Wowio, an LLC based in York, Pennsylvania, recently launched a free downloadable e-book service. The company's collection at launch is pretty sparse, but it does include both public domain and copyright-protected e-books. During my first use of the collection, I downloaded both The Adventures of Huckleberry Finn—if for no other reason than to relish Emmeline Grangerford's mournful Ode to Stephen Dowling Bots—and Slaughterhouse Five.
Although the service is free, in the sense of the absence of cash transfers, there is a price. First, a user needs to register, answering such required questions as birth date, zip code, credit-card number, gender, race (huh?), formal-education attainment, occupation, and salary. You also need to divulge a few of your favorite things, such as food (BBQ for me), music (blues), and hobbies (gardening).
You also must consent to be exposed to some advertisements. During my speedy first use, the only ad I spotted was one for Wowio itself interleaved in the front matter of Slaughterhouse Five. I registered last night, and as of today, I don't see any ads, clearly spawned from my Wowio registration, in my e-mail inbox.
The idea of ads in "real books" is not new. As I recall, many of the paperbacks I purchased in my youth contained ads, usually for other books, but ads nevertheless. The journals and books, with nary a difference, published by the Haworth Press also come to mind as being replete with ads. Wowio's venture, coupled with the high probability that Google's massive digitization project will result in some sort of ad-based "free" service, makes me wonder if advertisements are about to invade the world of books in a big way.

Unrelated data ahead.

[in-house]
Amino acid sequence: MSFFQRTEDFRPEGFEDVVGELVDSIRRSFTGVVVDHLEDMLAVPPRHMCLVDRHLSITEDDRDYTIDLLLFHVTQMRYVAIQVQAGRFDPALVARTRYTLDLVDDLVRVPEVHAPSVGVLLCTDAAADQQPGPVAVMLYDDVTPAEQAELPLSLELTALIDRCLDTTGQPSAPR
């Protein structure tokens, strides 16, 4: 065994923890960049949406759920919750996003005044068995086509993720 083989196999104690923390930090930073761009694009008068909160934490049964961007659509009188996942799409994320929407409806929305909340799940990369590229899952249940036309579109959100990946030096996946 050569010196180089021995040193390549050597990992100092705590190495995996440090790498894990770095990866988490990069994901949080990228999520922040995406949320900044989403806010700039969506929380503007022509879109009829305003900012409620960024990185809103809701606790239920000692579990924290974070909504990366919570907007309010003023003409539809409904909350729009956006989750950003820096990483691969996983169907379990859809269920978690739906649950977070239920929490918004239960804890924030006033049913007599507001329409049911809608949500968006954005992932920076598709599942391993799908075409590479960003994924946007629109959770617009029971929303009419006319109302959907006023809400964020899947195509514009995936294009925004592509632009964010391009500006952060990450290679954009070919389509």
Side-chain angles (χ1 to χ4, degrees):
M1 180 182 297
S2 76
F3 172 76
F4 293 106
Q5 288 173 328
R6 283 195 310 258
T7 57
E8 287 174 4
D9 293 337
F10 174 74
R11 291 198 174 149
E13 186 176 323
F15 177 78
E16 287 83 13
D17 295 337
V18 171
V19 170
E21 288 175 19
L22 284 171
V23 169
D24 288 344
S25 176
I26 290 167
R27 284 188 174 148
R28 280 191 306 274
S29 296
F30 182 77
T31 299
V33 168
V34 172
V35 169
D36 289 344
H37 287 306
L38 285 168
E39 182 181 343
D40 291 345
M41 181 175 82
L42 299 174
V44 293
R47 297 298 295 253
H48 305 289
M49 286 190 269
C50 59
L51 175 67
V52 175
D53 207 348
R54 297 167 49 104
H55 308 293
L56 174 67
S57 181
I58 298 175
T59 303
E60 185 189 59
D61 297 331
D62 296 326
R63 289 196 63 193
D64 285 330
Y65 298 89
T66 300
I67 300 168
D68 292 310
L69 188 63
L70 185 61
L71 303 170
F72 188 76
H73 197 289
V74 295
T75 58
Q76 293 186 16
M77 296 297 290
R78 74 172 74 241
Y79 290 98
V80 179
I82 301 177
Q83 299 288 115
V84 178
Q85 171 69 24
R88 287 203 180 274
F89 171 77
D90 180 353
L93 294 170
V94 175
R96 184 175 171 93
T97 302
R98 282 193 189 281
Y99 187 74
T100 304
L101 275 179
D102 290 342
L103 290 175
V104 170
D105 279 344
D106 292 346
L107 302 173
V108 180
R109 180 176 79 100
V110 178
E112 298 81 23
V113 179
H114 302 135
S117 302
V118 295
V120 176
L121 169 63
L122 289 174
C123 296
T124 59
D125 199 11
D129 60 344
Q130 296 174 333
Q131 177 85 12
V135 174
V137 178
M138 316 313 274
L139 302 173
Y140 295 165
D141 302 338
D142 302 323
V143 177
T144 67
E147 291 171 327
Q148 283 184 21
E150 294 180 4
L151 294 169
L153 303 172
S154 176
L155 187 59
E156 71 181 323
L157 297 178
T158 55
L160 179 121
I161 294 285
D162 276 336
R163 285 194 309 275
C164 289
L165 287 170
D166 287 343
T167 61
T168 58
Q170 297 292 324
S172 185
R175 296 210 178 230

As we move deeper into the digital world, we seem to be bombarded by ads. Human attention is the precious commodity of this age, and advertisers seek every opportunity to make their pitches, even as you look over the shoulder of the pitcher during a televised baseball game.
For some, another price to pay the Wowio piper will be the onerous PDF-file format the company uses. Granted, PDF is not as open and flexible as other file formats for e-books, and there are serious accessibility issues for blind and visually impaired individuals, but it is a serviceable file format.
I have read horribly designed and produced printed books, and I've listened to audiobooks with a dullard or dolt as the narrator, all because I wanted to ingest the content. If content is king, I renew my oath of fealty on a daily basis.
By the way, if you don't remember the ode-to-Stephen episode in Huck Finn, and if you didn't bother to the follow the link above to the poem, poor Stephen died an ignoble death by falling down a well. Mmmmm, that gives me an idea... We could have had some ads plastered on the walls of that well, maybe even in e-ink so we could change them to match the demographics of each subsequent victim, so that poor Stephen would have died with our highly targeted product on his mind.Technorati tags: books, digitizing books, E-Books, ebooks, Google_Book_Search, google book search